CS 6810: Theory of Computing (Fall 2021)
Instructor: Eshan Chattopadhyay
(Office: Gates Hall 319), email
TA: Jyun-Jie Liao
Class schedule: Tuesdays and Thursdays, 11:25am-12:40pm
Statler Hall 351
Instructor Office hours:Thursdays, 3-4pm (Gates Hall 319), or by appointment.
TA Office hours:Mondays, 1-2pm (Rhodes 406).
Logistics: Syllabus (includes a tentative list of topics). We will use Canvas for HW submissions, and Ed for announcements & discussions.
About this course: Computational complexity theory is devoted to understanding the limitations of efficient computation (with respect to computational resources such as time, space and randomness). This course will be a graduate level introduction to various aspects of complexity theory.
A tentative list of topics:
Prerequisites: Any of CS 4810, CS 4820 or CS 4814; or permission of instructor. In general, some mathematical maturity is expected. Familiarity with basic notions of algebra (such as finite fields, basics of vector spaces, polynomials), linear algebra, and discrete probability will come in handy.
- Time and space complexity
- Non-determinism and Alternation
- Randomness and derandomization
- Circuit Lower bounds
- Interactive Proofs
- Probabilistically Checkable Proofs and Hardness of Approximation
While we will not follow a single book for this course, the following are useful references.
- Computational Complexity: A Modern
Approach by Sanjeev Arora and Boaz Barak.
You can find a draft of the book here.
- Computational Complexity: A Conceptual Perspective by Oded Goldreich.
You can find a draft of the book here.
- Mathematics and Computation by Avi Wigderson. You can find a draft of the book
Performance in this course will be evaluated as follows:
Homework collaboration policy: We encourage you to discuss with your peers in the course to brainstorm ideas for how to get through homework.
However, your solution must be written up completely on your own; you are not allowed to share digital or written notes or images of your work in any form with each other.
Your work must also include acknowledgements of all students with whom you collaborated. Additionally, you may make use of published material, provided that you acknowledge all sources used.
Note that it is a violation of this policy to submit a problem solution that you are unable to explain orally to a member of the course staff.
- Homeworks: 30%. There will be 3 homeworks spread evenly accross the semester.
Solving problems will require original thinking, and it will be a good idea to start early.
You will be required to use LaTeX to typeset your solutions.
- Scribe notes: 25%. Students are required to scribe lecture notes.
You will be required to send in an initial draft of the scribed notes by 48 hours after the lecture. Here is template
that you can use.
- Final project: 40%. You are expected to pick a topic and send a project proposal by October 28.
You may work in groups (up to 2 members).
- Class participation: 5%.
I will include some reading references from the A-B book. Please also look at relevant sections of the other reference books.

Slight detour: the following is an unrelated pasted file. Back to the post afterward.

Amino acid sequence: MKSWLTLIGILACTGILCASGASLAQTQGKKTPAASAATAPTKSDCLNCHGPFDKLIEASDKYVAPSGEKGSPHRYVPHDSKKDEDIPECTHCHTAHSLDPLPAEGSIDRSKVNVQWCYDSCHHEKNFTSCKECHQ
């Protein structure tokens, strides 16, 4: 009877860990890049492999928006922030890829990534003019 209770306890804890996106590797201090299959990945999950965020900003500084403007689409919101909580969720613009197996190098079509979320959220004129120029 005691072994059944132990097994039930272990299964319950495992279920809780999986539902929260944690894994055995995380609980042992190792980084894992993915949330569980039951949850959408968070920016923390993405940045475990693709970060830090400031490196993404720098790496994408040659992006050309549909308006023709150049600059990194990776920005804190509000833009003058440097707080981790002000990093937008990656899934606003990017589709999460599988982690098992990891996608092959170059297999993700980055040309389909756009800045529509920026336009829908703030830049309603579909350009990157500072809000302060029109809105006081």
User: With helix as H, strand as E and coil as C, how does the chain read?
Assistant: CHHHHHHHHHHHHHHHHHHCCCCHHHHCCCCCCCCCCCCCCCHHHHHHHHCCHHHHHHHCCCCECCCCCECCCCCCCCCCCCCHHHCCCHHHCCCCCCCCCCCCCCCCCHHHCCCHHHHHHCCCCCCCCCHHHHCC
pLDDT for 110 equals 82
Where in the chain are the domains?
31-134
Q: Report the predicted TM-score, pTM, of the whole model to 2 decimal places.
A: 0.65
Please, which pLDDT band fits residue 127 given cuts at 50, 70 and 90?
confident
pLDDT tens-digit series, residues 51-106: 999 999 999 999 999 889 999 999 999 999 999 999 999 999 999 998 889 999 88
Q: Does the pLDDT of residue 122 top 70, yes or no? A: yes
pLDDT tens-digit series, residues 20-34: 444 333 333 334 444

- Lecture 1: Introduction, Turing Machines. Reading: Chapter 1 in A-B book. notes
- Lecture 2: Universal TM, Non-deterministic TM, NP. Reading: Chapter 2.1, 2.2, 2.3 in A-B book. notes
- Lecture 3: NP-completeness, Search vs Decision Problems, Time Hierarchy theorem. Chapters 2.4-7, 3.1 in A-B book. notes
- Lecture 4: Ladner's Theorem. Chapter 3.4 in A-B book. notes
- Lecture 5: Oracle Turing Machines. Chapter 3.5 in A-B book. notes
- Lecture 6: Space Complexity I: Basics, Savitch's Theorem. Chapter 4.1, 4.2, 4.3.1 in A-B book.notes
- Lecture 7: Space Complexity II: More on PSPACE, L, NL. Chapter 4.3 in A-B book. notes
- Lecture 8: NL=coNL, introduction to Boolean Circuits. Chapter 4.4, 6.1 in A-B book. notes
- Lecture 9: Boolean Circuits: upper bounds, lower bounds. Turing Machines with advice. notes
- Lecture 10: Polynomial Hierarchy I: Basics, Alternating Turing Machines. Chapter 5.1, 5.2, 5.3 in A-B book notes
- Lecture 11: Polynomial Hierarchy II: Oracle definitions, Karp-Lipton Theorem. Chapter 5.5, 6.2 in A-B book. notes
- Lecture 12: Randomized Computation I: Probabilistic Turing Machines, related complexity classes, examples of randomized algorithms. Chapter 7.1, 7.2,7.3 in A-B book. notes
- Lecture 13: Randomized Computation II: Error reduction techniques, BPP in P/poly. Chapter 7.5, 7.6, in A-B book.notes
- Lecture 14: Randomized Computation III: BPP in PH, Randomness in logspace. Chapter 7.7, 7.10 in A-B book. notes
- Lecture 15: UPATH is in RL, Introduction to Interactive Proofs. Chapter 7.9, 8.1 in A-B book. (Notes in preparation)
- Lecture 16: Interactive Proofs II: GNI in IP, AM. Chapter 8.2, 8.3, 8.4 in A-B book. notes
- Lecture 17: More on Arthur-Merlin protocols. Chapter 8.4 in A-B book.notes
- Lecture 18: co-NP is in IP (hints towards proving IP=PSPACE). Chapter 8.4 in A-B book. notes
- Lecture 19: Zero-Knowledge Proofs. notes
- Lecture 20: PCPs and hardness of approximation. Chapter 18.1, 18.2 in A-B book. notes
- Lecture 21, 22: On the connection between PCPs and hardness of approximation, BLR linearity test. Chapter 18.2, 18.4.1 in A-B book (Scribe notes will contain proof of the BLR test that does not rely on Fourier analysis.). notes
- Lecture 23: PARITY is not in AC0 (based on the the Razborov-Smolensky proof technique). Guest Lecture by Jyun-Jie Liao. notes
- Lecture 24: NP is in PCP(poly(n),O(1)). notes
- Lecture 25: Computation with imperfect randomness. notes
You should expect and demand to be treated by your classmates and the course staff with respect.
You belong here, and we are here to help you learn and enjoy this course.
If any incident occurs that challenges this commitment to a supportive and inclusive environment, please let the instructors know so that the issue can be addressed.
We are personally committed to this, and subscribe to the
Computer Science Department's Values of Inclusion.